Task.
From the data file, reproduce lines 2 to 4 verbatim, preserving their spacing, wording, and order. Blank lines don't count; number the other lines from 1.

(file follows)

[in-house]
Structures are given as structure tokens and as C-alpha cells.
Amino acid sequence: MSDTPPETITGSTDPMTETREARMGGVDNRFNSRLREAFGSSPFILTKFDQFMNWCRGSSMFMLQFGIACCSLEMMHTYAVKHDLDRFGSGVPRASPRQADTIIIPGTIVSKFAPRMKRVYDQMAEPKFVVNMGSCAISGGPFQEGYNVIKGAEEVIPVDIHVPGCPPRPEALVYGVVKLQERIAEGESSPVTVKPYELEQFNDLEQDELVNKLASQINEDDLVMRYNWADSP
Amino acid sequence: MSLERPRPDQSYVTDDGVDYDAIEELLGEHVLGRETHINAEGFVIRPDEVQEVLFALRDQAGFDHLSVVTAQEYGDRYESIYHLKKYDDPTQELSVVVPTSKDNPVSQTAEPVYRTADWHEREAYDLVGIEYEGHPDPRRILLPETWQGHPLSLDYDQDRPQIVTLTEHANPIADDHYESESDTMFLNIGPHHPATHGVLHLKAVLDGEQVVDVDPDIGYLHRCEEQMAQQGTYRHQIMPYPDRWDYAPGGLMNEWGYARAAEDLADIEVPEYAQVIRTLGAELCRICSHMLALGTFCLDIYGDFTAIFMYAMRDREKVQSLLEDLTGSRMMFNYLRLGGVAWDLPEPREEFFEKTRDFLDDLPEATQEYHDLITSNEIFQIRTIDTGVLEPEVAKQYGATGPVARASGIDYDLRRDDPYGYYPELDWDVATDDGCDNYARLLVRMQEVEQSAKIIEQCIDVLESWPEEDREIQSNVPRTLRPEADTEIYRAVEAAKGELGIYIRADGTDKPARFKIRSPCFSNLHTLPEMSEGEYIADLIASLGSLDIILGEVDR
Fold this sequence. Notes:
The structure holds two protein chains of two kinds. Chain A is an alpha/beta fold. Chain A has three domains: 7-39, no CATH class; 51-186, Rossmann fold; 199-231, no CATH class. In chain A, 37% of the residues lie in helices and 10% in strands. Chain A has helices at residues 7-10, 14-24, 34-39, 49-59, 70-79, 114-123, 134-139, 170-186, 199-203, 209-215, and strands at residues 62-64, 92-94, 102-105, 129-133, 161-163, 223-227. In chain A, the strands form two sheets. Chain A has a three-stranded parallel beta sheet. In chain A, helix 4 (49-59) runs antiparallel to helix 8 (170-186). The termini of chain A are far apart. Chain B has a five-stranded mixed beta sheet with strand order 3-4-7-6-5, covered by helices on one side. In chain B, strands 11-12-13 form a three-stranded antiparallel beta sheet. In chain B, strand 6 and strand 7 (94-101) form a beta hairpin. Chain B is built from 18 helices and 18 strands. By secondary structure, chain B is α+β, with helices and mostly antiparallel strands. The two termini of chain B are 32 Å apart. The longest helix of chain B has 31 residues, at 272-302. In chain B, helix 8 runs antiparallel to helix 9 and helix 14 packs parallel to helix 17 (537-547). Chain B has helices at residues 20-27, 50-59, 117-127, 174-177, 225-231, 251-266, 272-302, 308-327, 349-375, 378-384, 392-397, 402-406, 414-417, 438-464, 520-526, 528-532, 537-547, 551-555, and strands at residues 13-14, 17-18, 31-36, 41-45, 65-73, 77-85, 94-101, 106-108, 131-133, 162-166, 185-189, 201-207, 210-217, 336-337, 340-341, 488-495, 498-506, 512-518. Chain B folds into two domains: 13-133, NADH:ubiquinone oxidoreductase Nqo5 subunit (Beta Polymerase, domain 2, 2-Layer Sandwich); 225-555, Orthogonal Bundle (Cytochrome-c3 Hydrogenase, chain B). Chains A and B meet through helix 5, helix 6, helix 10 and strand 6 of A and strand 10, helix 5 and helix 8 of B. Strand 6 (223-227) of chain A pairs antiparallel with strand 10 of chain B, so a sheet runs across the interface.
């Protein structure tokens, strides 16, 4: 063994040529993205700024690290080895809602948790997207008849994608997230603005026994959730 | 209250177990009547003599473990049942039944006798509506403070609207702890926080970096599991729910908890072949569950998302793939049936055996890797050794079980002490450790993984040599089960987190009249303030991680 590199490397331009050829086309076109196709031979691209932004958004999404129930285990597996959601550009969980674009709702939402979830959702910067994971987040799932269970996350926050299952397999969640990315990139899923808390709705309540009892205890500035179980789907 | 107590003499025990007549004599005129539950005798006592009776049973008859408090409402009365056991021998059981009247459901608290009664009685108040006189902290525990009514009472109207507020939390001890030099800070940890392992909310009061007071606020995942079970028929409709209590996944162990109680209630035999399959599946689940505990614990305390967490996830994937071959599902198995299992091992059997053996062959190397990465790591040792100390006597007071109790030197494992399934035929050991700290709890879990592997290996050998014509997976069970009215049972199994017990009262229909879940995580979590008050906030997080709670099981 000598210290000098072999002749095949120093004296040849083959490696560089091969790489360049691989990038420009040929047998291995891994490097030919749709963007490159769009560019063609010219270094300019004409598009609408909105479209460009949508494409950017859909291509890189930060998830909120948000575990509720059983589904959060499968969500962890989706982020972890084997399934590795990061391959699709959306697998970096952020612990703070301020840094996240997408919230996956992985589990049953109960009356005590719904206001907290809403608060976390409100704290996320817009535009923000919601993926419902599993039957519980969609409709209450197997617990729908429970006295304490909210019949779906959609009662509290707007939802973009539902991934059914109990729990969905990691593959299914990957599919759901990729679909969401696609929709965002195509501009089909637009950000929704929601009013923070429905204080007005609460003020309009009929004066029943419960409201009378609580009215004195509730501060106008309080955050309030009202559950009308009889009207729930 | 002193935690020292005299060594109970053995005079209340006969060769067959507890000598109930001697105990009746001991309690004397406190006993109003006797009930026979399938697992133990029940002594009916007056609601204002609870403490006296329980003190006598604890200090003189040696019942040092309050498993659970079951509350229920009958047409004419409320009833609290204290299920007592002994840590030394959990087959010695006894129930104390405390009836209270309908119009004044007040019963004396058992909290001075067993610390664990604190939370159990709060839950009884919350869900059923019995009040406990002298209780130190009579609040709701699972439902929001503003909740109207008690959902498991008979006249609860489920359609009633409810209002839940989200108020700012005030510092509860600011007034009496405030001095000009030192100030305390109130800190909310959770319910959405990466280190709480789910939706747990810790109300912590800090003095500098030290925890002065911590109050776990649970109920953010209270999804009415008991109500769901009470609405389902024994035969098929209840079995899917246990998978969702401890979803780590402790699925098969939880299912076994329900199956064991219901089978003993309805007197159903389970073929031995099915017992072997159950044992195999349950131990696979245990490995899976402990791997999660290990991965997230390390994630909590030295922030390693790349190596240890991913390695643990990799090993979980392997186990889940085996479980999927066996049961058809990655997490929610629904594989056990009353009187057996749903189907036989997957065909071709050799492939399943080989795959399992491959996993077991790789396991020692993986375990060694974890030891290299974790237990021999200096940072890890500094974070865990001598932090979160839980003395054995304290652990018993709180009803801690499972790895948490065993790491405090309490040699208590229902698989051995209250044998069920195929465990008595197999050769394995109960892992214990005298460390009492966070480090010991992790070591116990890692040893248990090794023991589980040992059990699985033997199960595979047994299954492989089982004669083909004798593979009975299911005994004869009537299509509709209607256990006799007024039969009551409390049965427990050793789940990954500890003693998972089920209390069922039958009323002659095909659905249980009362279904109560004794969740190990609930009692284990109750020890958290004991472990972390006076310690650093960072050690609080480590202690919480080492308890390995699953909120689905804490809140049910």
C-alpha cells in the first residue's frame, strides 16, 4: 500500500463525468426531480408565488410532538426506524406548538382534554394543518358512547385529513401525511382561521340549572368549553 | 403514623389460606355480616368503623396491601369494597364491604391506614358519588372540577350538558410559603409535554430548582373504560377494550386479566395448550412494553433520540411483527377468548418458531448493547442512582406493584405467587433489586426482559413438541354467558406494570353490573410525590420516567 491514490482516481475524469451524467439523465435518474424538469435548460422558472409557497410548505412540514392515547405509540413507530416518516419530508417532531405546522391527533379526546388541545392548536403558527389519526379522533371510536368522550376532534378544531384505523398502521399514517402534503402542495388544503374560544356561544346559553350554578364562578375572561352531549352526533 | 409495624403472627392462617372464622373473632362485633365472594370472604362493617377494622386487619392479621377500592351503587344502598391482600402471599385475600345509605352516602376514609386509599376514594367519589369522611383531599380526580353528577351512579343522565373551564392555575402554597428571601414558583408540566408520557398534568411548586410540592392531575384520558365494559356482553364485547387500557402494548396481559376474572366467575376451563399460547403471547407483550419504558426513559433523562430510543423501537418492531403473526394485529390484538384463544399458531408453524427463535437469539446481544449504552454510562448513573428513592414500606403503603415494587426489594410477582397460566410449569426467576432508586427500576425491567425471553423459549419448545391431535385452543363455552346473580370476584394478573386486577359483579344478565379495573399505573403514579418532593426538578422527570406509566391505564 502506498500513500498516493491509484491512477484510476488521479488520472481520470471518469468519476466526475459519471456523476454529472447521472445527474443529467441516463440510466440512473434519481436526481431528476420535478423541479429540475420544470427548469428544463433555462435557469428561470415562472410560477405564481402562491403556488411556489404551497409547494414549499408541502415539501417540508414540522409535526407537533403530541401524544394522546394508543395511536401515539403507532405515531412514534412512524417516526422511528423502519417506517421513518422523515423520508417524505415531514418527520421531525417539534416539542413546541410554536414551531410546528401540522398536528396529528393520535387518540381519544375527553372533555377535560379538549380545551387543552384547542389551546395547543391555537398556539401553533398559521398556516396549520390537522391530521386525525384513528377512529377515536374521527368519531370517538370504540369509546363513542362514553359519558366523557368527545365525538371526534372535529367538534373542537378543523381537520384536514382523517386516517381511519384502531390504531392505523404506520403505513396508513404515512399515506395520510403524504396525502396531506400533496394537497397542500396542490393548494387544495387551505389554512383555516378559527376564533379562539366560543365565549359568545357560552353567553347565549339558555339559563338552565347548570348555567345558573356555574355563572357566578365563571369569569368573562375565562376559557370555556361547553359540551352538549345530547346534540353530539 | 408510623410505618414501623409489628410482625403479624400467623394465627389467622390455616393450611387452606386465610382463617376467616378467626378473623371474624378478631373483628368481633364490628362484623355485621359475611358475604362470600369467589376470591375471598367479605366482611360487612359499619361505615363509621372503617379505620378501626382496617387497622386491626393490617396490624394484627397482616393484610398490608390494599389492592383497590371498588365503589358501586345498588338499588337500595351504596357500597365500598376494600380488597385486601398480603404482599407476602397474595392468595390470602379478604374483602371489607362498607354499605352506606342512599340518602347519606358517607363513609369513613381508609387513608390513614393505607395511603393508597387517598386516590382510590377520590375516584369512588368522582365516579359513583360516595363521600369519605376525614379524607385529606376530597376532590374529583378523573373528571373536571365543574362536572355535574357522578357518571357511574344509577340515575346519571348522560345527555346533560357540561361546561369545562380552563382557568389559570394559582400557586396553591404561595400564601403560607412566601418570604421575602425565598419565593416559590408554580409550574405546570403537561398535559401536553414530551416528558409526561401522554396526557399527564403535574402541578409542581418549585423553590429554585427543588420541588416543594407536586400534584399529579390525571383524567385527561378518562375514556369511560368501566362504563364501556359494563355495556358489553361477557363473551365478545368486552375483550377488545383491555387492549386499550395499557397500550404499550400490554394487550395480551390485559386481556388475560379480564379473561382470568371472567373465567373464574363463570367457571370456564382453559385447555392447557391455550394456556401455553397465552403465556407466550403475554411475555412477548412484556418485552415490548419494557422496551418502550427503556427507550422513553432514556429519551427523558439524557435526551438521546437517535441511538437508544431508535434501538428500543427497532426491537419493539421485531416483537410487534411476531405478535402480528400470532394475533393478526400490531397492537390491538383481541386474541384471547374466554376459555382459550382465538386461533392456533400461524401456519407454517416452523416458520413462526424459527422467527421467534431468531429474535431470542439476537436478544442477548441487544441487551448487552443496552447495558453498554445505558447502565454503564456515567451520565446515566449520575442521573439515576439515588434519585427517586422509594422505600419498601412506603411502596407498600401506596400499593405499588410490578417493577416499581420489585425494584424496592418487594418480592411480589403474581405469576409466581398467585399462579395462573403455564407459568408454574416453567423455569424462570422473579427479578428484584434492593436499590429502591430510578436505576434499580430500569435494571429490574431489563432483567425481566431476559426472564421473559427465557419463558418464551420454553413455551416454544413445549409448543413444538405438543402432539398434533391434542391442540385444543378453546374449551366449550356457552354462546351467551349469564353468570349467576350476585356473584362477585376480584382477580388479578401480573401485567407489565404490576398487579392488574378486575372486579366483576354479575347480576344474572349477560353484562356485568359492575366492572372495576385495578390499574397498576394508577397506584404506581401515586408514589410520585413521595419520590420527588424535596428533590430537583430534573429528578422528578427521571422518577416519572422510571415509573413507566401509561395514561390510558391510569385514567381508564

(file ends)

Structures are given as structure tokens and as C-alpha cells.
Amino acid sequence: MSDTPPETITGSTDPMTETREARMGGVDNRFNSRLREAFGSSPFILTKFDQFMNWCRGSSMFMLQFGIACCSLEMMHTYAVKHDLDRFGSGVPRASPRQADTIIIPGTIVSKFAPRMKRVYDQMAEPKFVVNMGSCAISGGPFQEGYNVIKGAEEVIPVDIHVPGCPPRPEALVYGVVKLQERIAEGESSPVTVKPYELEQFNDLEQDELVNKLASQINEDDLVMRYNWADSP
Amino acid sequence: MSLERPRPDQSYVTDDGVDYDAIEELLGEHVLGRETHINAEGFVIRPDEVQEVLFALRDQAGFDHLSVVTAQEYGDRYESIYHLKKYDDPTQELSVVVPTSKDNPVSQTAEPVYRTADWHEREAYDLVGIEYEGHPDPRRILLPETWQGHPLSLDYDQDRPQIVTLTEHANPIADDHYESESDTMFLNIGPHHPATHGVLHLKAVLDGEQVVDVDPDIGYLHRCEEQMAQQGTYRHQIMPYPDRWDYAPGGLMNEWGYARAAEDLADIEVPEYAQVIRTLGAELCRICSHMLALGTFCLDIYGDFTAIFMYAMRDREKVQSLLEDLTGSRMMFNYLRLGGVAWDLPEPREEFFEKTRDFLDDLPEATQEYHDLITSNEIFQIRTIDTGVLEPEVAKQYGATGPVARASGIDYDLRRDDPYGYYPELDWDVATDDGCDNYARLLVRMQEVEQSAKIIEQCIDVLESWPEEDREIQSNVPRTLRPEADTEIYRAVEAAKGELGIYIRADGTDKPARFKIRSPCFSNLHTLPEMSEGEYIADLIASLGSLDIILGEVDR